Can Golden Retrievers Drink Wine? (Is it Safe?)


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I quickly learned with my Golden Retriever that I have to be diligent about what I leave unattended, as some foods and drinks can be potentially harmful. Alcoholic drinks are one of the beverages I’m concerned about, especially wine since it is a drink that we often serve for guests.

Golden Retrievers should not drink wine. Wine is made with alcohol and grapes, which can be toxic to Golden Retrievers. Specifically, a dog’s liver cannot effectively process alcohol, so the wine can cause alcohol poisoning, while grape toxicity can cause renal failure.

The sunglasses are cool for Golden Retrievers. Wine is not.

The good news is, like beer, most dogs find the smell and taste of wine disgusting. But, just because they find it repulsive doesn’t mean that a Golden Retriever might not lick some up if it is available. 

Golden Retrievers are curious dogs, and they watch us when we consume stuff. They assume if we eat and drink it, then it must be good, and often they might be inclined to try it as a result. 

So, let’s take a deep dive into why wine and Golden Retrievers are a terrible combination.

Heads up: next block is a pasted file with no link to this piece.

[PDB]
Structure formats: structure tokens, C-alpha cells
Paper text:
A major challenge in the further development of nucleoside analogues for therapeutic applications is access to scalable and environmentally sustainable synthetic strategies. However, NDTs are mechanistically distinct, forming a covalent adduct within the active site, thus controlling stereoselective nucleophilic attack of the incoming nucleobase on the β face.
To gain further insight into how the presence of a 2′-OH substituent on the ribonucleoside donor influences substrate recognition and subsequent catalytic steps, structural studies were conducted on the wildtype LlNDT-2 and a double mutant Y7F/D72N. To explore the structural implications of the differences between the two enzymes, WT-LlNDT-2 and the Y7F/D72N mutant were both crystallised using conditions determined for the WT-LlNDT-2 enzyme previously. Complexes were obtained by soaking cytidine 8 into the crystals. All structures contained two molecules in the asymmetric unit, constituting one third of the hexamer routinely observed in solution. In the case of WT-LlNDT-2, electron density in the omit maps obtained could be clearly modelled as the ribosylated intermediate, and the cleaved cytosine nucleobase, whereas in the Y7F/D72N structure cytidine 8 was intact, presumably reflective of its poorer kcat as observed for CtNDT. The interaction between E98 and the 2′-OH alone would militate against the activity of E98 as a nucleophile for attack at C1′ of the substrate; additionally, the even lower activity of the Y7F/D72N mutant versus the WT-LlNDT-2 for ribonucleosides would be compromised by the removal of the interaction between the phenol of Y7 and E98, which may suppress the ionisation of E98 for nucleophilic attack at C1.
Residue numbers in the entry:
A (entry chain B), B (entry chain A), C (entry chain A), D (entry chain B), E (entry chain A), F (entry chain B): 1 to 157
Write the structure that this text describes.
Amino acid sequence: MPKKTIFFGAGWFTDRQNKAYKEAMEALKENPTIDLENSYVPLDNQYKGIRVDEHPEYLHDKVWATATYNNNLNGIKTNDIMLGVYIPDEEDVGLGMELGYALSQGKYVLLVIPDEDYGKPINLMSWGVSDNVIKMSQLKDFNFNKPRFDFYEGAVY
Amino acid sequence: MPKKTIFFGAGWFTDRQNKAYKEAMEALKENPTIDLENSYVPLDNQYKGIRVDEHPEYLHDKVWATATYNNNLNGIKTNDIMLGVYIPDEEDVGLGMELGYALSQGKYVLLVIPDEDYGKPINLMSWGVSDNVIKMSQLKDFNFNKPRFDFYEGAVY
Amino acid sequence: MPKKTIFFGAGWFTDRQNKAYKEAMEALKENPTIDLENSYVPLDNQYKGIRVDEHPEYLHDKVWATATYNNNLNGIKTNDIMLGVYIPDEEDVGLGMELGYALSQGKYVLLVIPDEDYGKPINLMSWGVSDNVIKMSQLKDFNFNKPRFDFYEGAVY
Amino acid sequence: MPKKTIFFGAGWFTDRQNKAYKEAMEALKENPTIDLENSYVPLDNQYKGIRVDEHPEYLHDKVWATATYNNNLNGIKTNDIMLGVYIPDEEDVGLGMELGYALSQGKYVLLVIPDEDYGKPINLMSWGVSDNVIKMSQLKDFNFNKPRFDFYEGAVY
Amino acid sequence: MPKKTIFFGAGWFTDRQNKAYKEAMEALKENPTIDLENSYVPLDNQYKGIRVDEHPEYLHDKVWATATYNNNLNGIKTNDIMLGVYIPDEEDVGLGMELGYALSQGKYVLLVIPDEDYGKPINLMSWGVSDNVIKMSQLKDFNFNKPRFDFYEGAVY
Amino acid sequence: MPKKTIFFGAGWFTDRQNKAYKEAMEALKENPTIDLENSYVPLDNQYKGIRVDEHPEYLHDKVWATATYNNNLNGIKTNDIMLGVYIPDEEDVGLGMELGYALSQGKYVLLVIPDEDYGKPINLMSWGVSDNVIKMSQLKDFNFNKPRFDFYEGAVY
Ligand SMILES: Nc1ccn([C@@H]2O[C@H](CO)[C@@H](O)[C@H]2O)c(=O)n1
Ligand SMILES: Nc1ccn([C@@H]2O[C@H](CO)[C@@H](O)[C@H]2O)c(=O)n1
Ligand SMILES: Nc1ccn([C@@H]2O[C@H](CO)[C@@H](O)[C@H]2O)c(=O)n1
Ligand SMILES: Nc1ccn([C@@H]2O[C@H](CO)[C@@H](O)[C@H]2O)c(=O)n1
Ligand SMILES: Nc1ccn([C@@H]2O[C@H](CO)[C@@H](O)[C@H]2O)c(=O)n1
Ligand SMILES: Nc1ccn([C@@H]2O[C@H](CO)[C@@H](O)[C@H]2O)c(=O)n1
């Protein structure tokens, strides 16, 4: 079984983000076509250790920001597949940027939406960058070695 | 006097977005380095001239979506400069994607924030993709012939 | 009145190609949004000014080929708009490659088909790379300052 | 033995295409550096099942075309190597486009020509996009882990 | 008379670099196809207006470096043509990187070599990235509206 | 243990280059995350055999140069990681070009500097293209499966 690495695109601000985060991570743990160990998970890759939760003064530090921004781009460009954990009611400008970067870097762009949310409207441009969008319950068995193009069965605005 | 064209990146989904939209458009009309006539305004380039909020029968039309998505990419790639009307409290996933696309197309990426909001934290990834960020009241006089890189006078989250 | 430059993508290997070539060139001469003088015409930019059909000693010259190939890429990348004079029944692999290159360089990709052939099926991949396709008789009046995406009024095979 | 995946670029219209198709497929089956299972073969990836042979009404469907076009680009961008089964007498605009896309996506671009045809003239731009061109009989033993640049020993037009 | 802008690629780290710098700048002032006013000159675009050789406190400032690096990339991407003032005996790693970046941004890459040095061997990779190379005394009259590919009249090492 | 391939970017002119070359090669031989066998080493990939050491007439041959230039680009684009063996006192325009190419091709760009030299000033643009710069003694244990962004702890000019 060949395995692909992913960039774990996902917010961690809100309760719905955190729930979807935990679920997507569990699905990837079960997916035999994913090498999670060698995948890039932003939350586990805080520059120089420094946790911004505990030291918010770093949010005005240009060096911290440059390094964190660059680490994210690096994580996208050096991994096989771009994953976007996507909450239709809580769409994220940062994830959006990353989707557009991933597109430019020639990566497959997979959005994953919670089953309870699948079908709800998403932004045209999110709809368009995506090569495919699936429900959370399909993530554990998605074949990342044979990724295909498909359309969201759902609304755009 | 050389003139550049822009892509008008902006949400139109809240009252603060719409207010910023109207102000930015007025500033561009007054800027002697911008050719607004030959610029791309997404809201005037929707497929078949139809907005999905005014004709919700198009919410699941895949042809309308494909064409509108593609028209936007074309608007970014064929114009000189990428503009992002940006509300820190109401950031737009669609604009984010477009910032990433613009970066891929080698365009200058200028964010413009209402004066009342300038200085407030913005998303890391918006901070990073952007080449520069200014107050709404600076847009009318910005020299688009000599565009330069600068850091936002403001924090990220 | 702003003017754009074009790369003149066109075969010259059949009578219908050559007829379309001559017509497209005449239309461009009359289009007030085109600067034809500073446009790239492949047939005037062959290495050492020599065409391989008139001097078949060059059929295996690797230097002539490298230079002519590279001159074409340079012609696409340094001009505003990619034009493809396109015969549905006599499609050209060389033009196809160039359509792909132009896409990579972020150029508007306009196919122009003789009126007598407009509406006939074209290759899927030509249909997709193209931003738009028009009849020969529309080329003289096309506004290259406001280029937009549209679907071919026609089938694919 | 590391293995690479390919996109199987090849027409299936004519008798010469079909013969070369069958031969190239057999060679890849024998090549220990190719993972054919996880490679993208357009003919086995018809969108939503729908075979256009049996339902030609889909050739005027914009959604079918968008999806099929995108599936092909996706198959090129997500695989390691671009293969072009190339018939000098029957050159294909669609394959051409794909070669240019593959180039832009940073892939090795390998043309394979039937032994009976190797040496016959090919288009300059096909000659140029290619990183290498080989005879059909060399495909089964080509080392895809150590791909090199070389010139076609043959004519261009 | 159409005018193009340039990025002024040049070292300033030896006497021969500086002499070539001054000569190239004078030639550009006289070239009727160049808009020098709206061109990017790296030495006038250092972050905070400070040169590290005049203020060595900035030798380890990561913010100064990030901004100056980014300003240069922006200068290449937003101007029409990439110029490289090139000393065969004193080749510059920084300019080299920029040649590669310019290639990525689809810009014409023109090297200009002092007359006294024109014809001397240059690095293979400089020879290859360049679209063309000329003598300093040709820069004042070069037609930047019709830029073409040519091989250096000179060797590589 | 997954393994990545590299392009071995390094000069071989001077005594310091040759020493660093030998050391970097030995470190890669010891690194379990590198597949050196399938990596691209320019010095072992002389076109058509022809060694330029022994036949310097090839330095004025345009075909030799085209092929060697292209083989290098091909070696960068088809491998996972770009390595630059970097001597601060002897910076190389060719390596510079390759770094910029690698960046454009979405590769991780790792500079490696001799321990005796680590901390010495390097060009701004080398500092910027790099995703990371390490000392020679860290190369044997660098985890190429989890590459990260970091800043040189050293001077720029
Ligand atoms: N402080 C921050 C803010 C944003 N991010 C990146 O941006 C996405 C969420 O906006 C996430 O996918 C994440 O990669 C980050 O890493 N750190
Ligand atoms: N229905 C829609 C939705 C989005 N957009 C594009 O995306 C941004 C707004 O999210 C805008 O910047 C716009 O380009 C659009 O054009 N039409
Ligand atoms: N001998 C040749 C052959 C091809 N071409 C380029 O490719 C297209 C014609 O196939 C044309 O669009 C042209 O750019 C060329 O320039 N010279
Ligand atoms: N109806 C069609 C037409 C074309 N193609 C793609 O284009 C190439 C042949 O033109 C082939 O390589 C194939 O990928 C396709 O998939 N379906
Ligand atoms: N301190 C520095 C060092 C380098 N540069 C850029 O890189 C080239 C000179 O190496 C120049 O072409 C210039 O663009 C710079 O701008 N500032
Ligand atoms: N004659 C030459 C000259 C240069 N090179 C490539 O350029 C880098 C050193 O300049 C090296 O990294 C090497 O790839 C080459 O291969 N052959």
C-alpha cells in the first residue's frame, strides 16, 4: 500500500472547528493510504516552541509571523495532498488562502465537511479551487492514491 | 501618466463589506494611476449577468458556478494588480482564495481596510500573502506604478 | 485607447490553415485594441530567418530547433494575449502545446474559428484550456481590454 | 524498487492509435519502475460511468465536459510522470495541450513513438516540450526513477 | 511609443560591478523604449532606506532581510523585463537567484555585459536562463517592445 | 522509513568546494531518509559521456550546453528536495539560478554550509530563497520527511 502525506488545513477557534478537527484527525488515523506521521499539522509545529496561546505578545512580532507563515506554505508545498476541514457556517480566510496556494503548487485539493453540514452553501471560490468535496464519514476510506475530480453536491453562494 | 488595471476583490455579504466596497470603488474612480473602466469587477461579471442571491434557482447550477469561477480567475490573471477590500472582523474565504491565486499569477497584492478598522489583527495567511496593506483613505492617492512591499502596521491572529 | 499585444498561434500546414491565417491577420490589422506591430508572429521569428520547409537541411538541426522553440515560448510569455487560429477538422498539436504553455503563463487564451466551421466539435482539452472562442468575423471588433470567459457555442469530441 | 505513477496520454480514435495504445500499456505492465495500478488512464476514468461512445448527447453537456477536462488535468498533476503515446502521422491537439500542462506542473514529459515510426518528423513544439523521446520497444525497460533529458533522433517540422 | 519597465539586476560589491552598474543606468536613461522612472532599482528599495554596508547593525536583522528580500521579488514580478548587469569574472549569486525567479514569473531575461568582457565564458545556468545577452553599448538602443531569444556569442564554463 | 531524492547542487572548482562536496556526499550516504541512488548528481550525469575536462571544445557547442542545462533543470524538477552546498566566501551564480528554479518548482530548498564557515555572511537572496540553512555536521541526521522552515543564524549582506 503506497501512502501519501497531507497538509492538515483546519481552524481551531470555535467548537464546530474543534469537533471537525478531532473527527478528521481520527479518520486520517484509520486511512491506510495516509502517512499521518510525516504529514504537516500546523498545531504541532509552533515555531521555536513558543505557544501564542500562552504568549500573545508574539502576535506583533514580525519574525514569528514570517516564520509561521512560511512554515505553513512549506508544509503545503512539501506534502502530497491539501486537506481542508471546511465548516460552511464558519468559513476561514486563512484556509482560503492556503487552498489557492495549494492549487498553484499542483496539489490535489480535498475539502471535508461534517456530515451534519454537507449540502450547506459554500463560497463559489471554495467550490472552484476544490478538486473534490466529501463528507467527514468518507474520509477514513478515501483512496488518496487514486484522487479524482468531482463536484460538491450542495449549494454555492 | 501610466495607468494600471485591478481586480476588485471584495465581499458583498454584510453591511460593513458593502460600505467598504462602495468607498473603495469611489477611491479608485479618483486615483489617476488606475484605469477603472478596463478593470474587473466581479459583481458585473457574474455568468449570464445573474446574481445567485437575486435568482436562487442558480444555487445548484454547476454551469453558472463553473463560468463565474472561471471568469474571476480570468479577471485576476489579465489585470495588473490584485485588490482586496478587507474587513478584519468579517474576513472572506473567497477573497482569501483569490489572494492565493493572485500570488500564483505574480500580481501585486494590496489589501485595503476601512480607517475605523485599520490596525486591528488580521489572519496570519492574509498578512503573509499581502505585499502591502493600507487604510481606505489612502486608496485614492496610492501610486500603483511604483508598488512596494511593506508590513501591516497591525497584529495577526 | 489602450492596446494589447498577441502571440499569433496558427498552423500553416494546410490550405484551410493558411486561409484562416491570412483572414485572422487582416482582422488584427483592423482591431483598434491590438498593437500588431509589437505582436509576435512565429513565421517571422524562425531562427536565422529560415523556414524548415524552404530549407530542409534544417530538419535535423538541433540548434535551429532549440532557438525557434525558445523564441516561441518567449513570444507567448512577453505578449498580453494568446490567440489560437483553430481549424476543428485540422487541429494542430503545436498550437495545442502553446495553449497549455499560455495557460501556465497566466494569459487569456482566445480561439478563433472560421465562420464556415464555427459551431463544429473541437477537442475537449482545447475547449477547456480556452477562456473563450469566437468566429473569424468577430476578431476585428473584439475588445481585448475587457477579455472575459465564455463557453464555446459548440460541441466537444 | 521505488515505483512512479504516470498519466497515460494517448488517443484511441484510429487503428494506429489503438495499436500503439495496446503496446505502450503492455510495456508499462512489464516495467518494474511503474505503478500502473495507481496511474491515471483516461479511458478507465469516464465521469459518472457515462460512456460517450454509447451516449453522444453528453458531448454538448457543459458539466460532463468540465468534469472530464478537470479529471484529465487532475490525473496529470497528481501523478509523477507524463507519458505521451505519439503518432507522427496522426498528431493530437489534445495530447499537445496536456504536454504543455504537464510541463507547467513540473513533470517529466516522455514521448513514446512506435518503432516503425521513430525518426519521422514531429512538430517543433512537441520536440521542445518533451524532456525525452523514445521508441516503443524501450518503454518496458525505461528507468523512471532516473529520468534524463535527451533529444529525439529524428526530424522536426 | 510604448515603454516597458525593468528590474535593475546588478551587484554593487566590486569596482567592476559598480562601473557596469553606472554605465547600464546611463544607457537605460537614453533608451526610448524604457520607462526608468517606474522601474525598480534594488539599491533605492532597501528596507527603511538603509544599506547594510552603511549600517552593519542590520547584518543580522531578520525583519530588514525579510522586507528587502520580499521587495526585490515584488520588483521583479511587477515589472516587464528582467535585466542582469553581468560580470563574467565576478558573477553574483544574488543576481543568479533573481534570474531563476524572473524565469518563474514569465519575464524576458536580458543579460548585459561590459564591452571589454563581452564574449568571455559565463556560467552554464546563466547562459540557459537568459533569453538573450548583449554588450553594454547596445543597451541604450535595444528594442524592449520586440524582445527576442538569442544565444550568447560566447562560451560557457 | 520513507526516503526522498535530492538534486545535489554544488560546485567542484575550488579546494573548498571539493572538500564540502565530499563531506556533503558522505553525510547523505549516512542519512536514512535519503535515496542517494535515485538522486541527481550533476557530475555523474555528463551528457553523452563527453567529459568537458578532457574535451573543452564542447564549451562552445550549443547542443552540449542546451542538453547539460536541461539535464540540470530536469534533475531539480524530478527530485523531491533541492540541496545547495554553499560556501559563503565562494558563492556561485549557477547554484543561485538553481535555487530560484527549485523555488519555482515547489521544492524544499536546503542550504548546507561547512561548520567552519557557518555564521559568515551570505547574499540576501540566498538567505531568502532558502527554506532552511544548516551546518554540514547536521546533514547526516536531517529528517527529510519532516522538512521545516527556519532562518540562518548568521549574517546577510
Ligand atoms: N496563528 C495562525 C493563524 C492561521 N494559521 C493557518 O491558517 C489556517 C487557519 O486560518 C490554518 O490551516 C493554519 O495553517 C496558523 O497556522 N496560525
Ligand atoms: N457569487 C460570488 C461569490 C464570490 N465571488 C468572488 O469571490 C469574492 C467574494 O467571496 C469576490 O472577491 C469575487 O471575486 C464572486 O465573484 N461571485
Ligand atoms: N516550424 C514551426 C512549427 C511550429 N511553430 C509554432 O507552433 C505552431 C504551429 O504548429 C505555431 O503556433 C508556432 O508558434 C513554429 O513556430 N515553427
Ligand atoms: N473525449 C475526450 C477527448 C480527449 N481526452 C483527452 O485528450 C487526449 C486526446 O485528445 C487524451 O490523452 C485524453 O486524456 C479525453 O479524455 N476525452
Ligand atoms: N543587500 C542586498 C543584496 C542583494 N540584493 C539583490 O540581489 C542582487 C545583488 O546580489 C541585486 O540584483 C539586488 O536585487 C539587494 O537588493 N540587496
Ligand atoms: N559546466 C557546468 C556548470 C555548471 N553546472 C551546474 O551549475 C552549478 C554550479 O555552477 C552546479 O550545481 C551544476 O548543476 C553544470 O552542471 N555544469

Why Is Wine Dangerous for a Golden Retriever?

Not all alcoholic beverages are created equal. While all alcoholic drinks are bad for a Golden Retriever, some are even more so. 

Take beer, for example. Beer is potentially dangerous to a Golden Retriever due to the alcohol. But, beer also contains hops, which are potentially toxic to a Golden Retriever.

So, beer is a double whammy alcoholic drink. 

Now, not to be outdone, wine is also a double whammy alcoholic drink for the same reason as beer. It contains two toxic substances: alcohol and grapes.

Alcohol

The first substance found within the wine that is toxic to dogs is alcohol. Alcohol is a big issue for dogs because a dog’s liver cannot break down alcohol. And that is bad, very bad. 

All alcohol is potentially toxic to dogs, including wine